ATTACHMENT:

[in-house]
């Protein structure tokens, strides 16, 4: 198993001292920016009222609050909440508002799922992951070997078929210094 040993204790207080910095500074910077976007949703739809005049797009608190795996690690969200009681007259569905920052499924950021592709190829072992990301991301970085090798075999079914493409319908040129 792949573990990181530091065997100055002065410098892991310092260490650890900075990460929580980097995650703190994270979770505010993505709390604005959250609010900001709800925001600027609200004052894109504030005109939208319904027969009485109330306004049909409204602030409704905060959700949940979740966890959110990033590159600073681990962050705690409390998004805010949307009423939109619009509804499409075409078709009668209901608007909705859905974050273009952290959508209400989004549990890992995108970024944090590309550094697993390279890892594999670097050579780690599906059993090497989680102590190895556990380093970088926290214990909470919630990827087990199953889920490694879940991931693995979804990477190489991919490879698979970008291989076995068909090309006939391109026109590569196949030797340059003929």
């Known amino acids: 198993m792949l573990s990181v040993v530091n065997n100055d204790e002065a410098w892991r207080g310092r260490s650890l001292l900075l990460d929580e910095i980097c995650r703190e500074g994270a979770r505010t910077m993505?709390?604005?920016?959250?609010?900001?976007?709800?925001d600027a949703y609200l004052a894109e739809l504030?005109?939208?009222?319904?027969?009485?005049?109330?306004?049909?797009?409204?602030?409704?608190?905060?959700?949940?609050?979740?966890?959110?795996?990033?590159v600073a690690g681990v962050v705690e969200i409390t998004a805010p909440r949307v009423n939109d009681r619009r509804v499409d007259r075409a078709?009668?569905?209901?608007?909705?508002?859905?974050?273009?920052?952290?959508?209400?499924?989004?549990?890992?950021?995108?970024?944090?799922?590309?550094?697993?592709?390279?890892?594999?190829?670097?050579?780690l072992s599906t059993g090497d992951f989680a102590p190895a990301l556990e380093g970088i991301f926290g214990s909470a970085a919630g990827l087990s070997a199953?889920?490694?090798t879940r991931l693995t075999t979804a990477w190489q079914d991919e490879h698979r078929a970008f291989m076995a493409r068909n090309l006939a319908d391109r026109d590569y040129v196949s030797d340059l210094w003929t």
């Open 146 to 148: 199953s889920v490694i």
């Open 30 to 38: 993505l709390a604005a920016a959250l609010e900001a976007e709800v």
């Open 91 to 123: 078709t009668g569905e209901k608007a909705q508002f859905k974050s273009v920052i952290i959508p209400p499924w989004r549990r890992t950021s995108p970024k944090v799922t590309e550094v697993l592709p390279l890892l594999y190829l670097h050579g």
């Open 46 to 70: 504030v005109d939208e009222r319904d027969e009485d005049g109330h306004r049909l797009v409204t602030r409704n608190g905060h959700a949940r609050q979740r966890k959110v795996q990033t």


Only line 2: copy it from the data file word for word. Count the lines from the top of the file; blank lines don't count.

């Protein structure tokens, strides 16, 4: 198993001292920016009222609050909440508002799922992951070997078929210094 040993204790207080910095500074910077976007949703739809005049797009608190795996690690969200009681007259569905920052499924950021592709190829072992990301991301970085090798075999079914493409319908040129 792949573990990181530091065997100055002065410098892991310092260490650890900075990460929580980097995650703190994270979770505010993505709390604005959250609010900001709800925001600027609200004052894109504030005109939208319904027969009485109330306004049909409204602030409704905060959700949940979740966890959110990033590159600073681990962050705690409390998004805010949307009423939109619009509804499409075409078709009668209901608007909705859905974050273009952290959508209400989004549990890992995108970024944090590309550094697993390279890892594999670097050579780690599906059993090497989680102590190895556990380093970088926290214990909470919630990827087990199953889920490694879940991931693995979804990477190489991919490879698979970008291989076995068909090309006939391109026109590569196949030797340059003929």